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The fruits of Pope Francis' "smile diplomacy

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Pablo Blanco Sarto

Professor at the University of Navarra and author of several books on Benedict XVI.

Reading the body language of meeting between Viktor Orbán and the Holy Father, one can deduce that there was some distance

"If we want fraternity on earth, we cannot lose sight of heaven," Pope Francis told representatives of other religions from Budapest. The successor of Peter joined the G20 2021 Interreligious Forum on September 11, a fateful date with traces of fanaticism. In his message to the forum, which this year was held in Bologna, Francis stressed that "it is good that you have gathered precisely with the intention of overcoming particularisms and sharing ideas and hopes". In this way, we must help each other "to free the horizon of the sacred from the dark clouds of violence and fundamentalism".

No hatred. "Yes, true religiosity consists in adoring God and loving one's neighbor." The Pope lamented that "today this sounds, unfortunately, like a distant dream," the dream of peace, and lamented that "in the last 40 years there have been almost 3,000 attacks and some 5,000 murders in various places of worship." So violence does not have only a presumably religious origin, but rather the other way around. But there remained the guilt of one or the other: "Those who blaspheme the holy name of God by persecuting their brothers find funding all too easily". The solution also lies in reason, as his predecessor, Benedict XVI, repeated. "For God is not the God of war, but of peace."

But the trip also had an ecumenical significance, in a place that is a crossroads of different Christian confessions. Pope Francis' "smile diplomacy" seems to have borne some fruit. Reading the body language of meeting between the Calvinist president and the Pope on Sept. 12, one gathers that there was some distance. But suddenly Francis' smile and outstretched hand broke the icy climax. Glances met and the rest was dialogue, even though there was no official speech .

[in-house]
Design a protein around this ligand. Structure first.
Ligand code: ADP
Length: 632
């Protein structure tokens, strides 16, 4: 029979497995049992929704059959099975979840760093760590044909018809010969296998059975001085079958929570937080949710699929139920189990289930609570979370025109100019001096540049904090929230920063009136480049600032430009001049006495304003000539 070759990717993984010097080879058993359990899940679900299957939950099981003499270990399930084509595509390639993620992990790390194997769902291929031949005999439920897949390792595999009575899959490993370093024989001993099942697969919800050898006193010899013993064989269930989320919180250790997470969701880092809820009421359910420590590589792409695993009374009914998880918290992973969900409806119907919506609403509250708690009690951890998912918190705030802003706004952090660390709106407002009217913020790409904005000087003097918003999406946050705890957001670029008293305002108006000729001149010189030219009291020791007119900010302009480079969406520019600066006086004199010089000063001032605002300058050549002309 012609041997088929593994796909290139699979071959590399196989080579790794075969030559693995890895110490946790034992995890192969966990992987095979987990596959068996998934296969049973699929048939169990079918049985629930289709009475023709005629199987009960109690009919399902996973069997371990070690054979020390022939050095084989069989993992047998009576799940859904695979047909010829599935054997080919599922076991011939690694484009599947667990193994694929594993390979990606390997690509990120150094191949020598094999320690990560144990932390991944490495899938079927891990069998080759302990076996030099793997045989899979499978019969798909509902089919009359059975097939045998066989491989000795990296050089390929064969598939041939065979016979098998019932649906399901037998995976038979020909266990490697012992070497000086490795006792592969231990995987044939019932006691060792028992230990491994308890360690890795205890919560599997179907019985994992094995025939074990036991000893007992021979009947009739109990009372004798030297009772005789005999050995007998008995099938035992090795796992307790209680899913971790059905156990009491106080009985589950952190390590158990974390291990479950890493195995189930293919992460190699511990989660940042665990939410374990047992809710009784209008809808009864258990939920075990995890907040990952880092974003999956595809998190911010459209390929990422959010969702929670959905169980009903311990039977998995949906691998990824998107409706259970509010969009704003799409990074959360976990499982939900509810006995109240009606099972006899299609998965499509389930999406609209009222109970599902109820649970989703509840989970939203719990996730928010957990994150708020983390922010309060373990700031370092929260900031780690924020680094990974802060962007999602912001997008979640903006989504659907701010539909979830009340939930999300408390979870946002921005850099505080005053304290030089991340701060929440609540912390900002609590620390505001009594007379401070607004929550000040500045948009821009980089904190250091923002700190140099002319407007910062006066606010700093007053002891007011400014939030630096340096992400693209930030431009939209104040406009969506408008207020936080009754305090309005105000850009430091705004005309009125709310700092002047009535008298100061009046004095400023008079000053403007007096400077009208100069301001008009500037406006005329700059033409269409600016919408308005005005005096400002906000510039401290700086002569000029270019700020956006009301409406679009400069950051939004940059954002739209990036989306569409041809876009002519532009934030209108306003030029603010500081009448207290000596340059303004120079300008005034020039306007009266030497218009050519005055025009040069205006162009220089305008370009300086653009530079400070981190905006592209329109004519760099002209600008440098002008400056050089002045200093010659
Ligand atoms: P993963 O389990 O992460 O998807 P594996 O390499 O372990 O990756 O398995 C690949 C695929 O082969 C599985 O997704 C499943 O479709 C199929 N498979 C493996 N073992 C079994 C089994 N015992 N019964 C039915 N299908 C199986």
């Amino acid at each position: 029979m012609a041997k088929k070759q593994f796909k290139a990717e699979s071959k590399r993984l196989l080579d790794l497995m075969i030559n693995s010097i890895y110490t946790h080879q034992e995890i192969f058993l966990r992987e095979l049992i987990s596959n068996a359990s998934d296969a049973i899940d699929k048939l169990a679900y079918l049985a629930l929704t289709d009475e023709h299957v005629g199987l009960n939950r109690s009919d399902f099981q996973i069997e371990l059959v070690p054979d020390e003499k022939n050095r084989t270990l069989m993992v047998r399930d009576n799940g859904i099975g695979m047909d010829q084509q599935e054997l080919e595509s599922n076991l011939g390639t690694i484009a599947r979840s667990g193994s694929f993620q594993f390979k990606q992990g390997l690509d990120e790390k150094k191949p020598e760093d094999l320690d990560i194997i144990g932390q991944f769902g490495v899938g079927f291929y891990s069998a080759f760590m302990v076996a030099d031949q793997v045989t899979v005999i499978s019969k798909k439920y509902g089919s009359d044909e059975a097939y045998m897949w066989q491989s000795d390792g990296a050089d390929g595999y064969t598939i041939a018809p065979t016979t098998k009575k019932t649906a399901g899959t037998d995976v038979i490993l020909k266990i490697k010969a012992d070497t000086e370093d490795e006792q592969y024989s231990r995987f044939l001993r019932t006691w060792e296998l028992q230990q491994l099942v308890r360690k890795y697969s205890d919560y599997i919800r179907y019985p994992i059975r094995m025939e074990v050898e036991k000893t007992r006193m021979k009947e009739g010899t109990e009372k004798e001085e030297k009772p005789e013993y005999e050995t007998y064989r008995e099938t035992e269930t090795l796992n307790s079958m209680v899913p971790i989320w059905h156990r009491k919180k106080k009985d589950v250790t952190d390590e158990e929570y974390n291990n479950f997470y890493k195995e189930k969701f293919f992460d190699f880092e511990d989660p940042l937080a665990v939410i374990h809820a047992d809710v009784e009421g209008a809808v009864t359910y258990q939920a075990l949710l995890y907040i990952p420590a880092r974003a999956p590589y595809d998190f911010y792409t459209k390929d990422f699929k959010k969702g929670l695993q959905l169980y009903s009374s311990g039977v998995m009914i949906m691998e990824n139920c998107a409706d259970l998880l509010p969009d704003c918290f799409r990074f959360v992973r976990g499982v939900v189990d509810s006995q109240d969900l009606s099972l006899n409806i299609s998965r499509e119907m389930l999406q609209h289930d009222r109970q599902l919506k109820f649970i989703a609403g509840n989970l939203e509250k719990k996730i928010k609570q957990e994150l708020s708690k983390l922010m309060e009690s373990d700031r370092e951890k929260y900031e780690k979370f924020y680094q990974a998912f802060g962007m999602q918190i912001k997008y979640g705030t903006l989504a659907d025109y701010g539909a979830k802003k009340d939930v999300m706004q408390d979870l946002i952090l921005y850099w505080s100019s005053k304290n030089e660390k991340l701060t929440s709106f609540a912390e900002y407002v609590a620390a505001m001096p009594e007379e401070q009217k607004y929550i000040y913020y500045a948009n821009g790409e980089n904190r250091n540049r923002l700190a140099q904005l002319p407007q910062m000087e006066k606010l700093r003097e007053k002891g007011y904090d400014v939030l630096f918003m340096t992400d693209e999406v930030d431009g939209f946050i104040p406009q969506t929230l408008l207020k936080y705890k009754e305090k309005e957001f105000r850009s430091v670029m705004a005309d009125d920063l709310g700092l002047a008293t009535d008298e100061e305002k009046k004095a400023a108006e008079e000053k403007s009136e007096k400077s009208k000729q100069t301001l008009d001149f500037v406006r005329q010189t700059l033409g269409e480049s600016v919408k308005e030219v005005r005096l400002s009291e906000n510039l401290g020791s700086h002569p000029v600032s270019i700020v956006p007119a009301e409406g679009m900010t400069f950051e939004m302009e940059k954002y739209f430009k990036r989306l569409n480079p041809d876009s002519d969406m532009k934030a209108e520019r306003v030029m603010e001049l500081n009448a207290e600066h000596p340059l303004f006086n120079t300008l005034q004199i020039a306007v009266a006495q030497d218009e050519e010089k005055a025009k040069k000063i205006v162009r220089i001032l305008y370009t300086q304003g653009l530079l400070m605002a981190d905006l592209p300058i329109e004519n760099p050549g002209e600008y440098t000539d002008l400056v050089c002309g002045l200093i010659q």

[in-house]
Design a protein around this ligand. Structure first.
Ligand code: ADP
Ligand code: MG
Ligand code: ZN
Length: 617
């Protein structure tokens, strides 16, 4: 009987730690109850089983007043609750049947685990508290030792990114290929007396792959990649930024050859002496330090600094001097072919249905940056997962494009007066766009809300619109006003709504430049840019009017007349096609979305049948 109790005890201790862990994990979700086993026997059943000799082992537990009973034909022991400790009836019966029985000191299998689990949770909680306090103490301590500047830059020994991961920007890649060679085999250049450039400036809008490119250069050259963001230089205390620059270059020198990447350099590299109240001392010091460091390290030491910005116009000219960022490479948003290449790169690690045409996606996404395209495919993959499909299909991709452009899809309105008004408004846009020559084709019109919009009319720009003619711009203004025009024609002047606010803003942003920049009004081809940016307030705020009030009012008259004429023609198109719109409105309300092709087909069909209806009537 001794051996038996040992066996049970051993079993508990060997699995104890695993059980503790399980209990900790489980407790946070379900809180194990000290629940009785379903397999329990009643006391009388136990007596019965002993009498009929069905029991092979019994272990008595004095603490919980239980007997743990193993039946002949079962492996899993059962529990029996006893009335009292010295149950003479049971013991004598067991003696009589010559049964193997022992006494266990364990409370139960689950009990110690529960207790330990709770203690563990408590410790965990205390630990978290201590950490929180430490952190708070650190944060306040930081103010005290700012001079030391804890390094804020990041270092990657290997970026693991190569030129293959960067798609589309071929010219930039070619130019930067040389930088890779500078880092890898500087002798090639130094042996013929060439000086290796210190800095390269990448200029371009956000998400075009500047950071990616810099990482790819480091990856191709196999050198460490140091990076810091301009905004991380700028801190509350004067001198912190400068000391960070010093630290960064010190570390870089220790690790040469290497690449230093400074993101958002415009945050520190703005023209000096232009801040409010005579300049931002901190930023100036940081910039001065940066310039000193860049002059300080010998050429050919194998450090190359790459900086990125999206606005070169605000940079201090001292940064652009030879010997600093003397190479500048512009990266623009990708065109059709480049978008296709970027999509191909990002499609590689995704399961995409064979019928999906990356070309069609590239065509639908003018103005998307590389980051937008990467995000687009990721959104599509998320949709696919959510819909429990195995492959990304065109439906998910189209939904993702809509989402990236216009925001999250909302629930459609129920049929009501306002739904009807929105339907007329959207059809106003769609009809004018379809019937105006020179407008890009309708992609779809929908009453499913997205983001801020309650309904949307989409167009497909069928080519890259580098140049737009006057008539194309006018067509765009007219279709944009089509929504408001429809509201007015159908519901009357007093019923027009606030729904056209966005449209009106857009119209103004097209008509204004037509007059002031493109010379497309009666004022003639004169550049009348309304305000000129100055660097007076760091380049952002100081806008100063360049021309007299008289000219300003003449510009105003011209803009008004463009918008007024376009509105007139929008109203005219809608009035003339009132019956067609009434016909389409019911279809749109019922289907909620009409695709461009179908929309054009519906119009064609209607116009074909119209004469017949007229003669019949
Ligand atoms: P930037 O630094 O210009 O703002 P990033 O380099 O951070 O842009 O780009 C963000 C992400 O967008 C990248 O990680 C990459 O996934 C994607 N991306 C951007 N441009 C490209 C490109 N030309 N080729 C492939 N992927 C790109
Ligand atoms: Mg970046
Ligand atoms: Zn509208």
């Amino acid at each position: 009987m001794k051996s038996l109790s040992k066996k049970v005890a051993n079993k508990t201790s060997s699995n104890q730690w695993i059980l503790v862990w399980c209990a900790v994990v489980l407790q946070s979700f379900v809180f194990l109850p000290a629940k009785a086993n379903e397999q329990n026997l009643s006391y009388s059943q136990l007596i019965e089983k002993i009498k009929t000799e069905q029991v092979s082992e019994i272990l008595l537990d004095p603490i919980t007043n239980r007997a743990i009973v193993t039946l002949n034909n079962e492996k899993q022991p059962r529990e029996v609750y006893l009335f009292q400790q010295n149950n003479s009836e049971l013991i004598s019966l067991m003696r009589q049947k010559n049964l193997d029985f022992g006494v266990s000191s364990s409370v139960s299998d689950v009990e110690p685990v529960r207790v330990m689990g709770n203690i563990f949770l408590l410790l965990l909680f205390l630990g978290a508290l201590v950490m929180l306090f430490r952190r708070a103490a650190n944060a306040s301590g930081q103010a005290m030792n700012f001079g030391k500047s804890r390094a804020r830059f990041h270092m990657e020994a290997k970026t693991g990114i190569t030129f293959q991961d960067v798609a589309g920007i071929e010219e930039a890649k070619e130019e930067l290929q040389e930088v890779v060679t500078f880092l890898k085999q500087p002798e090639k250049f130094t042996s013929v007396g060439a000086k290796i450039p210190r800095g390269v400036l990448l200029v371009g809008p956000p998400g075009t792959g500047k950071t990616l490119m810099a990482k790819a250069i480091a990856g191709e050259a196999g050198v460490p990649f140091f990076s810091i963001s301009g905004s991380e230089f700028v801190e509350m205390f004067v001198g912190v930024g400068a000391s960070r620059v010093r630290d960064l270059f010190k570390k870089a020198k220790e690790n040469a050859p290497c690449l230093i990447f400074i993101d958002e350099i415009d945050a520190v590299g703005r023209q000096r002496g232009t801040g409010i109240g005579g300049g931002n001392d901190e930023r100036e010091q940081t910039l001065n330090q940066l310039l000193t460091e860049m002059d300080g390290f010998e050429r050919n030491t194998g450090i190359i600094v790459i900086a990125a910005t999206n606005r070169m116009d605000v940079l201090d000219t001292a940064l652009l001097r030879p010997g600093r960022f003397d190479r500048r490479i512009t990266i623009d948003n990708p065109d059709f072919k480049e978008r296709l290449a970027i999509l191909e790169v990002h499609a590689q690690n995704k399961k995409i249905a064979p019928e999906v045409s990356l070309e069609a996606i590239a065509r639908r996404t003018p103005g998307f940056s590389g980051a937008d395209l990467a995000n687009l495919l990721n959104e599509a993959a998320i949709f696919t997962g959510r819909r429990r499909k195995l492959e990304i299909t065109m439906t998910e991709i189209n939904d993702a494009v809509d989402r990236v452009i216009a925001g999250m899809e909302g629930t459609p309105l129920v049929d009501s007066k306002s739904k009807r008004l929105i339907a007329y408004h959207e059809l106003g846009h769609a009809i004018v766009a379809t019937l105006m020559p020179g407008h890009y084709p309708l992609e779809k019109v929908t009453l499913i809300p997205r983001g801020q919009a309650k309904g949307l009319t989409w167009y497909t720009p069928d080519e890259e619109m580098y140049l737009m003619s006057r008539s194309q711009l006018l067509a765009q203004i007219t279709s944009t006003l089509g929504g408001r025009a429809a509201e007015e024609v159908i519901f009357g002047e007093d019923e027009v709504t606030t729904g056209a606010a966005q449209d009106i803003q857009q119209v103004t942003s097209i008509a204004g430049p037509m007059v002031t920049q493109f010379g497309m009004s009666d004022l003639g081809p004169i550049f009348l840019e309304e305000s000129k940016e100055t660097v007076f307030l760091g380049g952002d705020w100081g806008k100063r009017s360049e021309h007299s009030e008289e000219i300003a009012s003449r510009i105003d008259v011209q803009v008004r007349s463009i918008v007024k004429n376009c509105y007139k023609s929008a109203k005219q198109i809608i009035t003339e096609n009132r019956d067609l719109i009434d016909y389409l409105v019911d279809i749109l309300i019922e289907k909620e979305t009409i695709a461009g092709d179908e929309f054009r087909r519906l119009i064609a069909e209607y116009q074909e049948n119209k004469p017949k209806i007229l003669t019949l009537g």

In fact, the meeting lasted several minutes longer than the protocol. However, the expectations of the meeting, precisely revolved around the issue of migrants, the positions of Pope Francis and the Hungarian Prime Minister differ greatly in this regard. Orbán applies strict border controls while the Pope calls for a first reception in the name of human dignity. However - such is diplomacy, including Vatican diplomacy - there was one topic in common: the family and the environment. That is why the declaration does not mention whether the question of the reception of immigrants was discussed.

However, after the meeting with the Pope, the Hungarian authorities met with high-ranking Vatican officials to discuss other issues. One of lime and another of sand. This is also ecumenism: to collaborate in everything that can be collaborated, while at the same time making clear the points that require rapprochement. After the quotation, the Calvinist Orbán (although his wife and five children are Catholics) published a brief message on his social networks: "I asked Pope Francis not to let Christian Hungary perish".

Perhaps the answer came from the neighboring country: if we Christians are united, we are more credible. Before the representatives of the various Christian churches in Slovakia, he reminded them that "it is difficult to call for a Europe more fruitful for the Gospel without worrying about the fact that we are not yet fully united among ourselves". We must "cultivate this spiritual tradition, which Europe so badly needs", and not just a mere "functional programmatic efficiency". Words in the direction of Brussels? It is difficult to know, but the ecumenical echo of these words could come soon.